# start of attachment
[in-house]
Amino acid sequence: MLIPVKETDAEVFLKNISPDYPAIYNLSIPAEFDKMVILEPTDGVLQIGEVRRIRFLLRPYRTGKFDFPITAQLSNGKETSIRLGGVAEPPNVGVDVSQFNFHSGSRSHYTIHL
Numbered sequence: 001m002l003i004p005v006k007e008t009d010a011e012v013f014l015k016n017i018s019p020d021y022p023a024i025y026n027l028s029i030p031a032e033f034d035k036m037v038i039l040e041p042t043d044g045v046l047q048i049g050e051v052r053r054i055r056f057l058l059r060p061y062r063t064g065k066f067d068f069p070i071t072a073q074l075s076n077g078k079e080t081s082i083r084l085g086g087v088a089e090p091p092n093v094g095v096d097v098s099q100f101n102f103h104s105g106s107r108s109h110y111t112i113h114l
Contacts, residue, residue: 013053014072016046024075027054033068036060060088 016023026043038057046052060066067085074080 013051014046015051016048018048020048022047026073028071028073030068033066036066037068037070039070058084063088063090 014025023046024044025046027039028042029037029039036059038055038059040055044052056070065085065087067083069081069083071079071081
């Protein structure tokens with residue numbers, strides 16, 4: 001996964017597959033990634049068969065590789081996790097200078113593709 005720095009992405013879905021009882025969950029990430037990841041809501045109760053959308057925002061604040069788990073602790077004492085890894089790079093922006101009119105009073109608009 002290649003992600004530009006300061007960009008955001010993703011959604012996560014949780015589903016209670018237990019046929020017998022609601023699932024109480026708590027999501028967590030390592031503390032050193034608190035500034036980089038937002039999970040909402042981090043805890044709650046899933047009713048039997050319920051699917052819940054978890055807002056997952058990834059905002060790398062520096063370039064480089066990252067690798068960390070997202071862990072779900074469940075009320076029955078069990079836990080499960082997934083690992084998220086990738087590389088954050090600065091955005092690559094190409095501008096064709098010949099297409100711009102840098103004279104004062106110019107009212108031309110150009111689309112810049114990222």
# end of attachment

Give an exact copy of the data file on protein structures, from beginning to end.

[in-house]
Amino acid sequence: MLIPVKETDAEVFLKNISPDYPAIYNLSIPAEFDKMVILEPTDGVLQIGEVRRIRFLLRPYRTGKFDFPITAQLSNGKETSIRLGGVAEPPNVGVDVSQFNFHSGSRSHYTIHL
Numbered sequence: 001m002l003i004p005v006k007e008t009d010a011e012v013f014l015k016n017i018s019p020d021y022p023a024i025y026n027l028s029i030p031a032e033f034d035k036m037v038i039l040e041p042t043d044g045v046l047q048i049g050e051v052r053r054i055r056f057l058l059r060p061y062r063t064g065k066f067d068f069p070i071t072a073q074l075s076n077g078k079e080t081s082i083r084l085g086g087v088a089e090p091p092n093v094g095v096d097v098s099q100f101n102f103h104s105g106s107r108s109h110y111t112i113h114l
Contacts, residue, residue: 013053014072016046024075027054033068036060060088 016023026043038057046052060066067085074080 013051014046015051016048018048020048022047026073028071028073030068033066036066037068037070039070058084063088063090 014025023046024044025046027039028042029037029039036059038055038059040055044052056070065085065087067083069081069083071079071081
């Protein structure tokens with residue numbers, strides 16, 4: 001996964017597959033990634049068969065590789081996790097200078113593709 005720095009992405013879905021009882025969950029990430037990841041809501045109760053959308057925002061604040069788990073602790077004492085890894089790079093922006101009119105009073109608009 002290649003992600004530009006300061007960009008955001010993703011959604012996560014949780015589903016209670018237990019046929020017998022609601023699932024109480026708590027999501028967590030390592031503390032050193034608190035500034036980089038937002039999970040909402042981090043805890044709650046899933047009713048039997050319920051699917052819940054978890055807002056997952058990834059905002060790398062520096063370039064480089066990252067690798068960390070997202071862990072779900074469940075009320076029955078069990079836990080499960082997934083690992084998220086990738087590389088954050090600065091955005092690559094190409095501008096064709098010949099297409100711009102840098103004279104004062106110019107009212108031309110150009111689309112810049114990222």